public function getState() 
        return $this->state;    
    public function getPublishedAt() 
        return $this->publishedAt;    

Can you see why I’m excited? PHP is getting these awesome syntax improvements with every release. It’s only getting more and more fun to write it! Of course, there are a lot more features added in modern PHP, check out my 3-minute video if you want a quick rundown, or you can scroll to keep reading — there’s much more exciting about PHP in 2022!

# Static Analysis

I’ve already briefly mentioned it: static analysis in PHP is growing significantly.

  • Frameworks like Laravel are embracing static typing more and more (writing code and docblocks with the sole purpose of helping static analysis);
  • PhpStorm added support for generic types, it’s a pretty big deal if you can write generic code and have your IDE understand it while you’re writing it;
  • PhpStan and psalm are only growing; and finally
  • my own newsletter series about static analysis has been doing pretty well with over 1500 participants, more and more people are getting interested in the topic.

If you just want a quick read about why static analysis matters in PHP, and why I’m so excited about it, you could check out this blog post: “We don’t need runtime type checks“.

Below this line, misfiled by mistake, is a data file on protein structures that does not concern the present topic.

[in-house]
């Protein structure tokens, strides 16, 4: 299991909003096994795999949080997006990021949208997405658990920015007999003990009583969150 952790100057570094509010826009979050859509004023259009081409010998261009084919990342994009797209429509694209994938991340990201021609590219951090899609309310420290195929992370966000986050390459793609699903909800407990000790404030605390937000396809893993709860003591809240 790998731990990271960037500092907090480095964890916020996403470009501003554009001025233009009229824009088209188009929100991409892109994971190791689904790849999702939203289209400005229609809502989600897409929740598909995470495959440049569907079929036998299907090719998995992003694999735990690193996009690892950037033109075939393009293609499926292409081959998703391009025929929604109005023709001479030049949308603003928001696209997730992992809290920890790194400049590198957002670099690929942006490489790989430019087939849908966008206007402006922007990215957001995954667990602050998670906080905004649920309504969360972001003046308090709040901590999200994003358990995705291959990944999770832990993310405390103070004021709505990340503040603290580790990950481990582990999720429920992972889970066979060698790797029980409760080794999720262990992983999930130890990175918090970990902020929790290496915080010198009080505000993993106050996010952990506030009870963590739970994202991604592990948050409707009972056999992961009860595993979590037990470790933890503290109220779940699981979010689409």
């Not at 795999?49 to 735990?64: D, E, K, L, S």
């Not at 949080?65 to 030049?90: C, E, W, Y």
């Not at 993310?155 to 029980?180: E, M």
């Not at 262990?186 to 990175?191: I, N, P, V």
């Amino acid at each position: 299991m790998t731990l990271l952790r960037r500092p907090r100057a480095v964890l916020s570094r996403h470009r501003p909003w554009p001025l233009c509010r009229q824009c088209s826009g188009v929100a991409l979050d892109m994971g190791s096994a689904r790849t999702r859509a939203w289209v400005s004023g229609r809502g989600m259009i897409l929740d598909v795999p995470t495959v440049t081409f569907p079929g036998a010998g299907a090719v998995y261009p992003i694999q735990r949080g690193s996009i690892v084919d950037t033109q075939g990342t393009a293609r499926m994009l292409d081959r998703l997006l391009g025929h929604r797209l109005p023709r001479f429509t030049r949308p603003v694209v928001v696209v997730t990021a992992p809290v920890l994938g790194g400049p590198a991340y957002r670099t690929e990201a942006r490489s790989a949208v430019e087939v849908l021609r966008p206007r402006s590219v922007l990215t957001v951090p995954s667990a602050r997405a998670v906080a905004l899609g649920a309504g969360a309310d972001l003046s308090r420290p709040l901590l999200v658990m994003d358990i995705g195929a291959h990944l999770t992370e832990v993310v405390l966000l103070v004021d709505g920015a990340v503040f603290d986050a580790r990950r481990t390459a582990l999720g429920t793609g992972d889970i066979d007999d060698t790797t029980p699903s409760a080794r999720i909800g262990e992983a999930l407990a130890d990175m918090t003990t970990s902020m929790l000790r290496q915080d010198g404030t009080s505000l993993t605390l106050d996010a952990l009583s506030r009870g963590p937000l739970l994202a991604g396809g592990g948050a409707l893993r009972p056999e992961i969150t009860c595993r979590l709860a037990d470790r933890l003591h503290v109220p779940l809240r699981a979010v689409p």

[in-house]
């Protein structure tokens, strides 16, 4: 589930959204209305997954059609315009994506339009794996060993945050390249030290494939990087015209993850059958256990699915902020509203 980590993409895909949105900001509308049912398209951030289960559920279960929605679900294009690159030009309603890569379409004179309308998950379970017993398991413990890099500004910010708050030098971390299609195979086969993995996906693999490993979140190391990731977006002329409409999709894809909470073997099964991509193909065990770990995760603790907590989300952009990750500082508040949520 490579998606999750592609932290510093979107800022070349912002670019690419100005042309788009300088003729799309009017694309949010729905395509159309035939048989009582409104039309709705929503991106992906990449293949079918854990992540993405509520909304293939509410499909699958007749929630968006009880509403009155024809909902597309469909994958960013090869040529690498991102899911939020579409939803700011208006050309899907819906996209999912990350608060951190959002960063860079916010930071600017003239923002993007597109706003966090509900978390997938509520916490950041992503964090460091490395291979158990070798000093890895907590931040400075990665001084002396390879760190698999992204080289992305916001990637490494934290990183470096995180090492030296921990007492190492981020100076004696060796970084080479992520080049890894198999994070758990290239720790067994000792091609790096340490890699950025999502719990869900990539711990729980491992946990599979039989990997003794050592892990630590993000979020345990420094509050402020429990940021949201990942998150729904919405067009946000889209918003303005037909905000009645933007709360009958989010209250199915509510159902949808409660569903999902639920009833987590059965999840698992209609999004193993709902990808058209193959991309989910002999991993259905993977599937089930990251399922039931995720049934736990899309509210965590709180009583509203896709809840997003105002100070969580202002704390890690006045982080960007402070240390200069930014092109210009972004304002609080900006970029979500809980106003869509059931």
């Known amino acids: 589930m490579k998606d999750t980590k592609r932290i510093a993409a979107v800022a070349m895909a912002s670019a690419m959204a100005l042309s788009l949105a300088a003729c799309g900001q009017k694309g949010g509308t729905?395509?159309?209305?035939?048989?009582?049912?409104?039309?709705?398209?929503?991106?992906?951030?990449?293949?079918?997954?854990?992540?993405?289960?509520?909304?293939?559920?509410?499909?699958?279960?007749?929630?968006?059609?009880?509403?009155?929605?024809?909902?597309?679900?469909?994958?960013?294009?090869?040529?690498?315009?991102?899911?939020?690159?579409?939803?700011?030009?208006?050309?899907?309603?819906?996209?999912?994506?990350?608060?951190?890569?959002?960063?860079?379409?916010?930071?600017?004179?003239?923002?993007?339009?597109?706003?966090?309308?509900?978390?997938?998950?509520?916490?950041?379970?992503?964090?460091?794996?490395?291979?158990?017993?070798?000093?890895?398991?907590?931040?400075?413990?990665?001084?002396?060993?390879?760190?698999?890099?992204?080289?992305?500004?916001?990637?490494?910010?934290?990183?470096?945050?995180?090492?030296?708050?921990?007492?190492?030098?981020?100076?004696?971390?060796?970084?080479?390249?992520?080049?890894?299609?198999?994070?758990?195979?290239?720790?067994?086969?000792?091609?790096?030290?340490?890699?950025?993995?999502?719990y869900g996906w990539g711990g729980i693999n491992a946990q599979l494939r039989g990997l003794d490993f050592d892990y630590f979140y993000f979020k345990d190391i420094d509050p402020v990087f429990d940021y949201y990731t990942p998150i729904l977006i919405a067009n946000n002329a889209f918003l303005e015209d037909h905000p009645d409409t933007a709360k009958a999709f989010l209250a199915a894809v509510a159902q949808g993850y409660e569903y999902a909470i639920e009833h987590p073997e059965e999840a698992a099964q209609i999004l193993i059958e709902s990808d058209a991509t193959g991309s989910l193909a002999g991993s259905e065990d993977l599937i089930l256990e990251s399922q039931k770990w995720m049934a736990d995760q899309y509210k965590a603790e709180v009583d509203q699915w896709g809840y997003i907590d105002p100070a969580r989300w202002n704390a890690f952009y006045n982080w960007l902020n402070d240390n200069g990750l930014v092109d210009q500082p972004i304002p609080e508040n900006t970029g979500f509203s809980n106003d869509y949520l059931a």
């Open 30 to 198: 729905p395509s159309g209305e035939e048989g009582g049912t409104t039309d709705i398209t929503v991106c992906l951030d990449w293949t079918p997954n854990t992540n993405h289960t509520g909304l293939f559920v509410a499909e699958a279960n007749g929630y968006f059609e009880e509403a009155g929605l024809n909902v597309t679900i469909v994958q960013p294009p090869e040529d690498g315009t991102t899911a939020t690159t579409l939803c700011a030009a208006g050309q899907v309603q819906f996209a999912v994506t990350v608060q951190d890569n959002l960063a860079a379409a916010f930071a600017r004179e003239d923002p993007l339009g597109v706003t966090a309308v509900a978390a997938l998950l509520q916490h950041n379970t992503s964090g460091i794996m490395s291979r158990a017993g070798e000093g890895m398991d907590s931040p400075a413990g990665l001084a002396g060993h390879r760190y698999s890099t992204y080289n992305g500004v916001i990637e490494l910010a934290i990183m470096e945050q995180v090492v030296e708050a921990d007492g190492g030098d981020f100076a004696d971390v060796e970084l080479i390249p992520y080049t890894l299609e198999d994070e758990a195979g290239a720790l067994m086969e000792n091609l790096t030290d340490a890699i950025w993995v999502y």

Do you want to learn more about PHP 8.1? There’s The Road to PHP 8.1.
For the next 10 days, you’ll receive a daily email covering a new and exiting feature of PHP 8.1; afterwards you’ll be automatically unsubscribed, so no spam or followup.
Subscribe now!

# The PHP foundation

Two months ago, the PHP world got some pretty big news, maybe even the biggest news of 2021: Nikita, one of most active core maintainers is stepping down to work on LLVM, but at the same time there’s also a new initiative backed by several big companies to finally make core development sustainable.

In short, there’s the PHP Foundation, a non-profit with the only goal to fund PHP core development. The initiative is driven by JetBrains, who have already pledged $100,000 to the project. Alongside many others, they have now raised $329,920.75; a good start!